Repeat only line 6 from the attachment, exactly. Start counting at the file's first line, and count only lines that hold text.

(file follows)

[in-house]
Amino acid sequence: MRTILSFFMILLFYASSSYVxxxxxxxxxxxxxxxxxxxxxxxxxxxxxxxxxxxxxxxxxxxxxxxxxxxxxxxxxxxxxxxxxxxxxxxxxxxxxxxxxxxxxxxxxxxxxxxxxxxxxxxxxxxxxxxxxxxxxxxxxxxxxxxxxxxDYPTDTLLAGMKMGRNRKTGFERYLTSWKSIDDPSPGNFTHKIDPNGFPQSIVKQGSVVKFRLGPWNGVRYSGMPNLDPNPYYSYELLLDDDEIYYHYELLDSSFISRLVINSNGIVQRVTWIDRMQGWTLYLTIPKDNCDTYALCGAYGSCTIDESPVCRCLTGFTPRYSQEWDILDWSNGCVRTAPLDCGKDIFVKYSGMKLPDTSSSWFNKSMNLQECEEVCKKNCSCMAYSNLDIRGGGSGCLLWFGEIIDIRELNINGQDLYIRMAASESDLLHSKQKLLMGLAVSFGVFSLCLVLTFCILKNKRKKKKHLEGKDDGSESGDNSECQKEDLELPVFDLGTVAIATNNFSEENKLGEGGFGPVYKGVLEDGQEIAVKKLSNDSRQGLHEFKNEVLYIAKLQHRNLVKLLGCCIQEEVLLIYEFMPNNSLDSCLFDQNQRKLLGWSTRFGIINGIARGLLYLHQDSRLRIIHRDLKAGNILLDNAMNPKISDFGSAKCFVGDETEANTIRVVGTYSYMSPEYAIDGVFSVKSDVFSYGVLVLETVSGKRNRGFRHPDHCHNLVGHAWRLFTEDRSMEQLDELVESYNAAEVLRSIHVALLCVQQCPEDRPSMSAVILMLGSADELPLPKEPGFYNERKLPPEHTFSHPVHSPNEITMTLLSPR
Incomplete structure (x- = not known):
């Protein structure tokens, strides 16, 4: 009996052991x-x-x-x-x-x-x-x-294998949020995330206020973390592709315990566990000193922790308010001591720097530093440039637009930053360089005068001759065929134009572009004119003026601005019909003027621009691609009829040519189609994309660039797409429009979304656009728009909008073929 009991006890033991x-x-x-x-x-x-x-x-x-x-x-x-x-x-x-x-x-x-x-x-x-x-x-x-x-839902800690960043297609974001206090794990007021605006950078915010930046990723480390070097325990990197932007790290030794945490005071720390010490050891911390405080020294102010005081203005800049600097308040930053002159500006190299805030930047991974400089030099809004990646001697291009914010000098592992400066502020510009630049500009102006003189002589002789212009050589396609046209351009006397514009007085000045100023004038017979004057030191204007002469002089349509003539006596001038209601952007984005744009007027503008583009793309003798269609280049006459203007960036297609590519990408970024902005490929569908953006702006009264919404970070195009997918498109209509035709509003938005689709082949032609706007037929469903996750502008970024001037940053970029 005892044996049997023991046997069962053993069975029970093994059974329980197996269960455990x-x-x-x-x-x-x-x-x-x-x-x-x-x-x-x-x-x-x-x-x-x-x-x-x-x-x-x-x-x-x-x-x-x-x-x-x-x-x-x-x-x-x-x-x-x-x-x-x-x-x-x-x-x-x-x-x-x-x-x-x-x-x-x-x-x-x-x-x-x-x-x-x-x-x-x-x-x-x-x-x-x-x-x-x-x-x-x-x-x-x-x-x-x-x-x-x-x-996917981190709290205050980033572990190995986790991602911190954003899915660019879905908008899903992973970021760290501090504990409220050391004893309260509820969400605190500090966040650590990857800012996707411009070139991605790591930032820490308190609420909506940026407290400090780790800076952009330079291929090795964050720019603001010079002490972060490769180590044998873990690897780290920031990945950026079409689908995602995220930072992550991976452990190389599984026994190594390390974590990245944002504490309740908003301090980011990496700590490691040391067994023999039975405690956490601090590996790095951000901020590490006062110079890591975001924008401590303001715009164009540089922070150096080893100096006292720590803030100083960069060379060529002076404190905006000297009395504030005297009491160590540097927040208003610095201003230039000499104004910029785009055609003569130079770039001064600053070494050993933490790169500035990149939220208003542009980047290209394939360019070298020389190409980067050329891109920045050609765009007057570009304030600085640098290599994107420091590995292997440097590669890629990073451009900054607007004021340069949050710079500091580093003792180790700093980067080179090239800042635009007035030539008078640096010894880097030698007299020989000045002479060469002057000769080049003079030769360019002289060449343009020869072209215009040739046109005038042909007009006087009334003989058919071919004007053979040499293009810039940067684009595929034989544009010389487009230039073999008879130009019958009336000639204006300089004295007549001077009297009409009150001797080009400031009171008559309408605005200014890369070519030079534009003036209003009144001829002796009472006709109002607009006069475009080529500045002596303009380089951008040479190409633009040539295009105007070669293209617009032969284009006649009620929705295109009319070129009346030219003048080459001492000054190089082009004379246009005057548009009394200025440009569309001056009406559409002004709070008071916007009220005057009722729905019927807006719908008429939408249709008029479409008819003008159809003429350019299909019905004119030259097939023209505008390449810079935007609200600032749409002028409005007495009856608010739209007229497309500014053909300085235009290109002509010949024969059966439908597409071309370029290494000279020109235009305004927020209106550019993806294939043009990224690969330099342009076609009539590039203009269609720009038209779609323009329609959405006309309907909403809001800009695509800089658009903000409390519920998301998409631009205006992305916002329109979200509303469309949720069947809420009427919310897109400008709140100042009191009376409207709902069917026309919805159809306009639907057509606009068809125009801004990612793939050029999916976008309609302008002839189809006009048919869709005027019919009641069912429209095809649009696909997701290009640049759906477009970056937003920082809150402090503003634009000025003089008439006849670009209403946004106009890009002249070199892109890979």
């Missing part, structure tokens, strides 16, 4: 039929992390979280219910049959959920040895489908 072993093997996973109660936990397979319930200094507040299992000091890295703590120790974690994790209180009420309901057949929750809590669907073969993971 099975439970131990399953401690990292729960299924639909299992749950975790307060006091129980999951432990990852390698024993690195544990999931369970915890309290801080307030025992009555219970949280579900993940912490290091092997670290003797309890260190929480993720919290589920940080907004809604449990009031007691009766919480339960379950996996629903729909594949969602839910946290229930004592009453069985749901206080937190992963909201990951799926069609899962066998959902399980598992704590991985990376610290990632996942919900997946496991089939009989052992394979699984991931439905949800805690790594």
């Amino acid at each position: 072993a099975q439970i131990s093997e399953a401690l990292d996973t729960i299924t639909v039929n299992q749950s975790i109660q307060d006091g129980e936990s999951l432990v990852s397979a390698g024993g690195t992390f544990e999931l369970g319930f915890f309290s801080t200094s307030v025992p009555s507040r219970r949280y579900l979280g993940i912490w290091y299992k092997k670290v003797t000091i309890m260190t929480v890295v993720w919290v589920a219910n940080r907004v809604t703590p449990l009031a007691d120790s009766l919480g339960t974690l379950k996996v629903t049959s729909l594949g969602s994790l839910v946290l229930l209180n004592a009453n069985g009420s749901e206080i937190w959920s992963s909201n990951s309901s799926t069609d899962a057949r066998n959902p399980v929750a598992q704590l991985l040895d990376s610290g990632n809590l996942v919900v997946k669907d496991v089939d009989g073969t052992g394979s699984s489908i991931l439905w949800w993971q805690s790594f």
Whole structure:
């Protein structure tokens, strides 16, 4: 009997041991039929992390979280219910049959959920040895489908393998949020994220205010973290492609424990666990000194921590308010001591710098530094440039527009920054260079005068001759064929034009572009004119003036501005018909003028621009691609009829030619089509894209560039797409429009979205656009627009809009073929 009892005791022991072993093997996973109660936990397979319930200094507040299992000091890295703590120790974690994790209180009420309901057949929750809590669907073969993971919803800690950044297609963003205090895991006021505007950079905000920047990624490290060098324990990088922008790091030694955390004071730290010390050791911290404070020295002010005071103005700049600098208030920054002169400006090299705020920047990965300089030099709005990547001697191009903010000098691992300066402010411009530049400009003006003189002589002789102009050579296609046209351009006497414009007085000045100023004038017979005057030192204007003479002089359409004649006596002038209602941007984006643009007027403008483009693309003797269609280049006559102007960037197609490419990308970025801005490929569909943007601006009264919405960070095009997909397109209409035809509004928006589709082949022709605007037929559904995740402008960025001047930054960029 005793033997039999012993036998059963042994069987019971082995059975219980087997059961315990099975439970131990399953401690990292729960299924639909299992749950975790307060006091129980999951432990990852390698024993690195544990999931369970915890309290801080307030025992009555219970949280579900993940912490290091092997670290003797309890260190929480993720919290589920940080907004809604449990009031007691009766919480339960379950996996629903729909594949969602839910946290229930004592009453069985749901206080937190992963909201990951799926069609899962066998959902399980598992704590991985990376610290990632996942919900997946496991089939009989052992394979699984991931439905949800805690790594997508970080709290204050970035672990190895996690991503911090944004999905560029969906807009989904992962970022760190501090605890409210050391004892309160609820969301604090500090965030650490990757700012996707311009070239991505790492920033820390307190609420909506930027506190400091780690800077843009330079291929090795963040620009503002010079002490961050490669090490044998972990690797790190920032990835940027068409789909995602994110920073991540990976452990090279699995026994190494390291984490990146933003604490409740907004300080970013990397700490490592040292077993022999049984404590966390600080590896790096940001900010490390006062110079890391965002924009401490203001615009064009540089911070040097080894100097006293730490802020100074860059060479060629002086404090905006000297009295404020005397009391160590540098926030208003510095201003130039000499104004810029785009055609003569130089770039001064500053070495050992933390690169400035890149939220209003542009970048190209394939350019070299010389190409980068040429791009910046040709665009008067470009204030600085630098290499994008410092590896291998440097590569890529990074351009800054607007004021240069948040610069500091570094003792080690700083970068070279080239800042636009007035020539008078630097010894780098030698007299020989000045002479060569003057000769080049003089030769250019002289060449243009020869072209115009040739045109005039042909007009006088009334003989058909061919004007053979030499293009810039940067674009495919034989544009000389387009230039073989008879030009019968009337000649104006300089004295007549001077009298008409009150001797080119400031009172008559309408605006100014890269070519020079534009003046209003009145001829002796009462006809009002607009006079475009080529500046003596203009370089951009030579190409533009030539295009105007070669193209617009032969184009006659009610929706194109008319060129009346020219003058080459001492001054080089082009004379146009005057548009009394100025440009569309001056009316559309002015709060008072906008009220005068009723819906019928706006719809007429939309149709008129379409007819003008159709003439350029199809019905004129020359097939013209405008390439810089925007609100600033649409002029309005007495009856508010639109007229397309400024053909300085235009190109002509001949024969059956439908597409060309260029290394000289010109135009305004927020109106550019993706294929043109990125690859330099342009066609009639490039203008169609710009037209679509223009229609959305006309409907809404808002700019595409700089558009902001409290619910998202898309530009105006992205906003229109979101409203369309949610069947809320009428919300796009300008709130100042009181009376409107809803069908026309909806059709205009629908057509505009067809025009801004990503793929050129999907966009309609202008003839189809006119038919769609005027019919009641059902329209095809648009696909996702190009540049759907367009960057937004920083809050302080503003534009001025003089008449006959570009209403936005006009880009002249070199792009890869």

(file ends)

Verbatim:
């Amino acid at each position: 072993a099975q439970i131990s093997e399953a401690l990292d996973t729960i299924t639909v039929n299992q749950s975790i109660q307060d006091g129980e936990s999951l432990v990852s397979a390698g024993g690195t992390f544990e999931l369970g319930f915890f309290s801080t200094s307030v025992p009555s507040r219970r949280y579900l979280g993940i912490w290091y299992k092997k670290v003797t000091i309890m260190t929480v890295v993720w919290v589920a219910n940080r907004v809604t703590p449990l009031a007691d120790s009766l919480g339960t974690l379950k996996v629903t049959s729909l594949g969602s994790l839910v946290l229930l209180n004592a009453n069985g009420s749901e206080i937190w959920s992963s909201n990951s309901s799926t069609d899962a057949r066998n959902p399980v929750a598992q704590l991985l040895d990376s610290g990632n809590l996942v919900v997946k669907d496991v089939d009989g073969t052992g394979s699984s489908i991931l439905w949800w993971q805690s790594f």